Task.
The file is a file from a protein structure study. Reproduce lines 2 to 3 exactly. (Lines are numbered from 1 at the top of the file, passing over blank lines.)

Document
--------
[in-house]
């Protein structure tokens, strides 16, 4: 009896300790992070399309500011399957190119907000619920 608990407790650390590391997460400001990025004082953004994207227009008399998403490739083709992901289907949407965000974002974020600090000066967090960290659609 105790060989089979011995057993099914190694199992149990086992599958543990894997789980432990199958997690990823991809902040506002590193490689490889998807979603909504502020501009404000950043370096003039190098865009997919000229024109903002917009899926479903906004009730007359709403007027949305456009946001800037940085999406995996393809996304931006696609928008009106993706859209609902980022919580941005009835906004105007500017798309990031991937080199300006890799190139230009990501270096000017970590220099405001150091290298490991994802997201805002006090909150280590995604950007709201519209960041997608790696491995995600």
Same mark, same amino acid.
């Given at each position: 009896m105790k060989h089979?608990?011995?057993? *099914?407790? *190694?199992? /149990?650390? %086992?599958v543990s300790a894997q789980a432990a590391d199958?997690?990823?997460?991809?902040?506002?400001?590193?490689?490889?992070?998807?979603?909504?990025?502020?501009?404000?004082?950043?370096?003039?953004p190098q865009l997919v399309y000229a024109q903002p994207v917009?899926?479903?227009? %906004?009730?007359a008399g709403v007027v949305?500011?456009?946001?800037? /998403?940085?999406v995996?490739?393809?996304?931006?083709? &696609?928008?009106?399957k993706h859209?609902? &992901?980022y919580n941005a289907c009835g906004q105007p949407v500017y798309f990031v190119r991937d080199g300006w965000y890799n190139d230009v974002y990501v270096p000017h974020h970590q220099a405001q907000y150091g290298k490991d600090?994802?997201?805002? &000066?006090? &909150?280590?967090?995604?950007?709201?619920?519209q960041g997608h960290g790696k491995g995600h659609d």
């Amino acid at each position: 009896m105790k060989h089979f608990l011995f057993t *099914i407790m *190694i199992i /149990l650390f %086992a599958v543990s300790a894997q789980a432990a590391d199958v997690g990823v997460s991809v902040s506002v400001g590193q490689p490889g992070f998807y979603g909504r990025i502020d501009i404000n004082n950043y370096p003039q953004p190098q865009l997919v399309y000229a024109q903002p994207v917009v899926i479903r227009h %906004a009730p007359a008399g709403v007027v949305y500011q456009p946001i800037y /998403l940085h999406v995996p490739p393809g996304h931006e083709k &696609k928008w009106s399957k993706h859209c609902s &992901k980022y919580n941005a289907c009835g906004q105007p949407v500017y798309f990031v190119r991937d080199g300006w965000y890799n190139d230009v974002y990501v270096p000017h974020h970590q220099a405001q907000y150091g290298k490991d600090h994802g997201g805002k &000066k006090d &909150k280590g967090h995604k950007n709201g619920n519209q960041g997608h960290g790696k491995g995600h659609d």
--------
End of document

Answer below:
């Protein structure tokens, strides 16, 4: 009896300790992070399309500011399957190119907000619920 608990407790650390590391997460400001990025004082953004994207227009008399998403490739083709992901289907949407965000974002974020600090000066967090960290659609 105790060989089979011995057993099914190694199992149990086992599958543990894997789980432990199958997690990823991809902040506002590193490689490889998807979603909504502020501009404000950043370096003039190098865009997919000229024109903002917009899926479903906004009730007359709403007027949305456009946001800037940085999406995996393809996304931006696609928008009106993706859209609902980022919580941005009835906004105007500017798309990031991937080199300006890799190139230009990501270096000017970590220099405001150091290298490991994802997201805002006090909150280590995604950007709201519209960041997608790696491995995600």
Same mark, same amino acid.